A walk on the wild side. Safari guide training in South Africa – part 1: Makuleke.

"Nothing but breathing the air of Africa, and actually walking through it, can communicate the indescribable sensations." William Burchall
Zebras

In November 2018, I went on a wildlife short course with EcoTraining to learn about Africa’s wildlife and get a glimpse into the education of a safari guide (read more about it here). Little have I known that this one week in the bush would have such a lasting impression on me that I would decide to come back 1.5 years later to enroll in a career course and become an accredited safari guide myself.

And there I was. Back in Makuleke for the first week of my 55-day field guide training. I couldn’t have been more excited to finally be back at one of my most favorite places in Africa!

Makuleke lies in the northern section of Kruger National Park, close to the borders of Zimbabwe and Mozambique. The concession belongs to the Makuleke tribe and only tourists, who stay at one of the few lodges are allowed access to this remote area of the Kruger Park. It makes Makuleke one of the most wild and untouched places in South Africa!

The EcoTraining camp is located close to the rivers Luvuvhu and Limpopo and is surrounded by ancient baobabs, majestic nyala berries and mystical fever tree forests. As soon as we arrived I was once again struck by the sheer beauty of the landscape. This time of the year the rivers were full of water and all trees and bushes were green, lush and bursting with life.

From the 55 days of our Field Guide Course, we would spend seven days in Makuleke before moving on to Karongwe and later on to Mashatu in Botswana. In order to get exposed to different ecosystems and learn as much as possible about the various habitats, EcoTraining students spend time in different camps. Since we only had one week in Makuleke, I planned to enjoy every single minute of it.

Our group consisted of 19 people from different countries, backgrounds and ages. But what we all had in common was the same love and passion for the African bush and its wildlife. To be surrounded by like-minded people, sharing with them the most amazing wildlife encounters was an unforgettable, once in a lifetime experience that would bond us long after the end of our course.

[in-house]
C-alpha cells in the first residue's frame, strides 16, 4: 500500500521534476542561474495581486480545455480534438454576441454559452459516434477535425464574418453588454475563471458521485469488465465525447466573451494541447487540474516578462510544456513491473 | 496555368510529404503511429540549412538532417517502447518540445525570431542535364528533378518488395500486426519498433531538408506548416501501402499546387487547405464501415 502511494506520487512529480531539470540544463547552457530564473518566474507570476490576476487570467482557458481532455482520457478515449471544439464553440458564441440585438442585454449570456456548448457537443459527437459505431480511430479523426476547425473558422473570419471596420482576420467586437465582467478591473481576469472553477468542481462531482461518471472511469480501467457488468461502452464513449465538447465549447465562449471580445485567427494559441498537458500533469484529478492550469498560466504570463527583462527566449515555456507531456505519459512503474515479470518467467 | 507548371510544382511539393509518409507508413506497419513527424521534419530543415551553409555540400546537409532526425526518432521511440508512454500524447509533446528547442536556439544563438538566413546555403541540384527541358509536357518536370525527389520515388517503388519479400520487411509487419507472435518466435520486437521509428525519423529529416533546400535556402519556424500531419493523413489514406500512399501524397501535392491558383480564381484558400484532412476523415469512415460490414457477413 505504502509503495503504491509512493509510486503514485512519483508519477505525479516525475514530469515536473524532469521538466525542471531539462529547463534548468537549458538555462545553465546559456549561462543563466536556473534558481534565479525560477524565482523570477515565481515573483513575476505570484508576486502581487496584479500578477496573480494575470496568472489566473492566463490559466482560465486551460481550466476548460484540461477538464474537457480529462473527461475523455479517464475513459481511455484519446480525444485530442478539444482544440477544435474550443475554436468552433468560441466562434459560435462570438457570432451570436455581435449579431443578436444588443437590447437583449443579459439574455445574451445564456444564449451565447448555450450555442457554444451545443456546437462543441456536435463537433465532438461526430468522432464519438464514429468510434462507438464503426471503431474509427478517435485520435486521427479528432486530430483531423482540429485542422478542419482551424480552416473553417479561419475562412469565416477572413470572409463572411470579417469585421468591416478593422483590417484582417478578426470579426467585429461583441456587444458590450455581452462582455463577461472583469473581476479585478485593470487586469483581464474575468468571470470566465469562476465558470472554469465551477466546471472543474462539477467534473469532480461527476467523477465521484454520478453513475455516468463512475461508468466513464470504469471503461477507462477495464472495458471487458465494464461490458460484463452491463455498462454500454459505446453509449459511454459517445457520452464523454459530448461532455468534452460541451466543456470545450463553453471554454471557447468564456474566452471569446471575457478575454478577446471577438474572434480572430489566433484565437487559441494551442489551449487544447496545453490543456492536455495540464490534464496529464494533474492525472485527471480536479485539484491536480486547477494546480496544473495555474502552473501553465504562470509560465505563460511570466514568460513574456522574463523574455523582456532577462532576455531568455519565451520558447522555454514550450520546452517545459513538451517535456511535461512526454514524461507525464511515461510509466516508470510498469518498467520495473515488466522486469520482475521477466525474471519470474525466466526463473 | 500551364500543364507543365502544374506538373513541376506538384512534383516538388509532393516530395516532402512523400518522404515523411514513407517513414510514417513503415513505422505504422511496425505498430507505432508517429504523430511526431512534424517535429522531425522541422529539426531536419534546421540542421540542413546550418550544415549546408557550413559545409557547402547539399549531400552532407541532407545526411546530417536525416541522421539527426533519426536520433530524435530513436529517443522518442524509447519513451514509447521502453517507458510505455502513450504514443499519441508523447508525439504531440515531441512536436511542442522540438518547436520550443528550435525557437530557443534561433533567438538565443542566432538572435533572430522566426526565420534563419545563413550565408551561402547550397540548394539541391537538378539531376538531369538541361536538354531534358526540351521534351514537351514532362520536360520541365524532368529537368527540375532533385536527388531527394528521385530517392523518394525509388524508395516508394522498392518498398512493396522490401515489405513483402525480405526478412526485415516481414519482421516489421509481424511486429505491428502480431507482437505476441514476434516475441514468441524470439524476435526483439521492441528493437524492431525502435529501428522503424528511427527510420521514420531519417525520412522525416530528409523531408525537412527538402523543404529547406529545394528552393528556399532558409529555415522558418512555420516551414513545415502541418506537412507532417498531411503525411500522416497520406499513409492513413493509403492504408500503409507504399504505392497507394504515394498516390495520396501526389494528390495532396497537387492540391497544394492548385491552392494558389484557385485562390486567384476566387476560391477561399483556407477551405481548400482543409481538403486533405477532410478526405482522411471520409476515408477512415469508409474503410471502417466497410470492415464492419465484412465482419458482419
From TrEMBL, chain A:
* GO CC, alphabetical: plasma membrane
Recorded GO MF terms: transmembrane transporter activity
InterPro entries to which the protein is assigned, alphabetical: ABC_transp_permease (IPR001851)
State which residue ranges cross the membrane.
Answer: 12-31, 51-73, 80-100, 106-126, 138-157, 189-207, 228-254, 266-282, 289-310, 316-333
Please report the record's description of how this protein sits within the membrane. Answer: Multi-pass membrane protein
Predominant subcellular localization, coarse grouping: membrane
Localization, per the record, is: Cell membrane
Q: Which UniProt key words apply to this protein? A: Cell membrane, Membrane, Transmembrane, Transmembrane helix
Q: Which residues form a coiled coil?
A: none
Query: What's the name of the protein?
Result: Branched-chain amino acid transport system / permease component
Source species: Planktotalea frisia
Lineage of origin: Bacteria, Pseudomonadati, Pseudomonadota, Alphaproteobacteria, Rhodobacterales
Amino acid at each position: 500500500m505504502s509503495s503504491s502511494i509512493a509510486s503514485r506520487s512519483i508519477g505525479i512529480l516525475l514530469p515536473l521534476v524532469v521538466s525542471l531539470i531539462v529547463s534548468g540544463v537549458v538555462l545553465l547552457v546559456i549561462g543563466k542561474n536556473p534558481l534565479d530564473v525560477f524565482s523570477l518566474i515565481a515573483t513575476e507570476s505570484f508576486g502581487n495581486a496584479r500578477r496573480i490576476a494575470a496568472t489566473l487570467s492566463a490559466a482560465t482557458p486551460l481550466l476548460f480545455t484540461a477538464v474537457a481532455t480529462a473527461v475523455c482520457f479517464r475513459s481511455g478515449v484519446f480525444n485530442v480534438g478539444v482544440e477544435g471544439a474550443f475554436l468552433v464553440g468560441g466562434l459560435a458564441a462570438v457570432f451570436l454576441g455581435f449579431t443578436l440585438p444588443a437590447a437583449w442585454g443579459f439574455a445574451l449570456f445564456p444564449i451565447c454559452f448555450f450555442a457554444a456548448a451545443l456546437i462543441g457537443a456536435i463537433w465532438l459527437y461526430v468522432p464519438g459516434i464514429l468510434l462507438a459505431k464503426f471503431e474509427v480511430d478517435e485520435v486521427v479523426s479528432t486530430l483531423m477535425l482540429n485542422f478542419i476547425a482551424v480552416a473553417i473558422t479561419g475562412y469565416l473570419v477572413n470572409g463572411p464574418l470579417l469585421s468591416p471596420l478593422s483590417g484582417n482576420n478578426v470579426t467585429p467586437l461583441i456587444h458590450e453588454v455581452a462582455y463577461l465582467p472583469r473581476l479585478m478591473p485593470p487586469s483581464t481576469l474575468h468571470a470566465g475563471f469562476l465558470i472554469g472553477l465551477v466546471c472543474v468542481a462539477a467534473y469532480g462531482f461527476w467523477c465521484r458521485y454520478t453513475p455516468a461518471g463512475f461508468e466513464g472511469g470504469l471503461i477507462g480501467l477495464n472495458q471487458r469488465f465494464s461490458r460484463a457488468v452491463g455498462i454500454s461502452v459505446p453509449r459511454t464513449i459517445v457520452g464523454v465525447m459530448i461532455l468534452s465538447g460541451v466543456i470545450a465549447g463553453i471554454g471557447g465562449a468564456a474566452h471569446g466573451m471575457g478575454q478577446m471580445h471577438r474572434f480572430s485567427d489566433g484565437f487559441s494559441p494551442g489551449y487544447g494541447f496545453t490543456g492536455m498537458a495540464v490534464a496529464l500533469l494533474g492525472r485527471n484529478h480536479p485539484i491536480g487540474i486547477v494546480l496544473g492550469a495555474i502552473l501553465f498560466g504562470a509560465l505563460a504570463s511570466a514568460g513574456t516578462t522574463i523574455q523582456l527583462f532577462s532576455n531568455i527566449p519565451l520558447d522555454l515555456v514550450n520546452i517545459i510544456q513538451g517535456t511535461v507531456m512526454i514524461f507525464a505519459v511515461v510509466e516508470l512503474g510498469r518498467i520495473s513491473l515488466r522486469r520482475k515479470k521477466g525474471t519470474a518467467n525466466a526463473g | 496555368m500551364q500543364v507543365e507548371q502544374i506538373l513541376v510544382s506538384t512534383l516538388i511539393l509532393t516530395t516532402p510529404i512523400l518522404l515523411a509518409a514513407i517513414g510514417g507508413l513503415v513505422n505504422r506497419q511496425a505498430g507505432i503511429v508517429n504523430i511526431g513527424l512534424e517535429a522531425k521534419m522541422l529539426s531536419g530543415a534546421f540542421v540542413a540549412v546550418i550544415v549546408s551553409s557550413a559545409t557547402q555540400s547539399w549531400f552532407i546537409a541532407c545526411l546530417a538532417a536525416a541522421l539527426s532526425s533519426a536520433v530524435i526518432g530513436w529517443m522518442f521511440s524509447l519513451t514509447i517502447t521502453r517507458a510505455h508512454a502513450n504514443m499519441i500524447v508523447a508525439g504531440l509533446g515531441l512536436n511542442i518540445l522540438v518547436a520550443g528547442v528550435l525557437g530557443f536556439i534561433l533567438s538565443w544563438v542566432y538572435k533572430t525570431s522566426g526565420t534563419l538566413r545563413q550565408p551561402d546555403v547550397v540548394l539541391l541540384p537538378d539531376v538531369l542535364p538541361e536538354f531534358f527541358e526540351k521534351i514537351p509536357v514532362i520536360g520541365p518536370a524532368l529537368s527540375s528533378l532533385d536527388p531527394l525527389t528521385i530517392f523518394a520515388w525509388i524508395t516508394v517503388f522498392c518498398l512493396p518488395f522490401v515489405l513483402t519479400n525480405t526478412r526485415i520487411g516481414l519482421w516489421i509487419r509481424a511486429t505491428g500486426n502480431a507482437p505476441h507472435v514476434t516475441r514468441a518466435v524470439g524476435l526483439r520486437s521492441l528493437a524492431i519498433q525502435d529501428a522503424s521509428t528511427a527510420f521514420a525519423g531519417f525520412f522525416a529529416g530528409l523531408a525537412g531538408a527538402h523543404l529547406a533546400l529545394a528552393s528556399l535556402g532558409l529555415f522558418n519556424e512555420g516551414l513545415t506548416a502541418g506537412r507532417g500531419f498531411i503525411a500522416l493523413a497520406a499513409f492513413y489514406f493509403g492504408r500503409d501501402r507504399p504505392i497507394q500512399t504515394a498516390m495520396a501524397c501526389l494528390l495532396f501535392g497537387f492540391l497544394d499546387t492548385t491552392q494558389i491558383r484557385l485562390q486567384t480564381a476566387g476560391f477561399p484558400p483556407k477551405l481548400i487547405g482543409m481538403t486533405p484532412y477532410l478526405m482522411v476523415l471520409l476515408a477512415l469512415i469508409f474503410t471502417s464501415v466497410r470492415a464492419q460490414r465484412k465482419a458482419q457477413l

How it all begins

On the starting day of our training course, we were picked up at the Emerald Guest House in Johannesburg. After a long journey of roughly seven hours from Johannesburg to Makuleke, we arrived in camp and quickly set in.

Right on the next day our instructors briefed us on the course outline, and we received the learning material for the next 55 days.  And it was at this moment that I realized I had completely underestimated the amount of work it would take to become a safari guide: several books to read, a workbook to fill out, theory reviews after each lecture, field observations and various practical assignments to test our knowledge. And that was just the regular schedule! At the end of the course we would be tested in various theoretical exams before finally having to prove our guiding skills in a 2-3-hour practical drive. This was definitely not a stroll in the park! But we still had 54 days to go and so I told myself to keep positive and believe that by the end of the course, we would somehow manage to pass…

Each day of the course roughly followed the same structure. However, the things we would see, experience and learn each day were completely depended on the wild encounters we would have on our activities. Thus, every morning brought a new, exciting adventure. And every morning we couldn’t wait to get out there, armed and equipped with our most important companions: a notebook, a pen and binoculars.

a typical day in the bush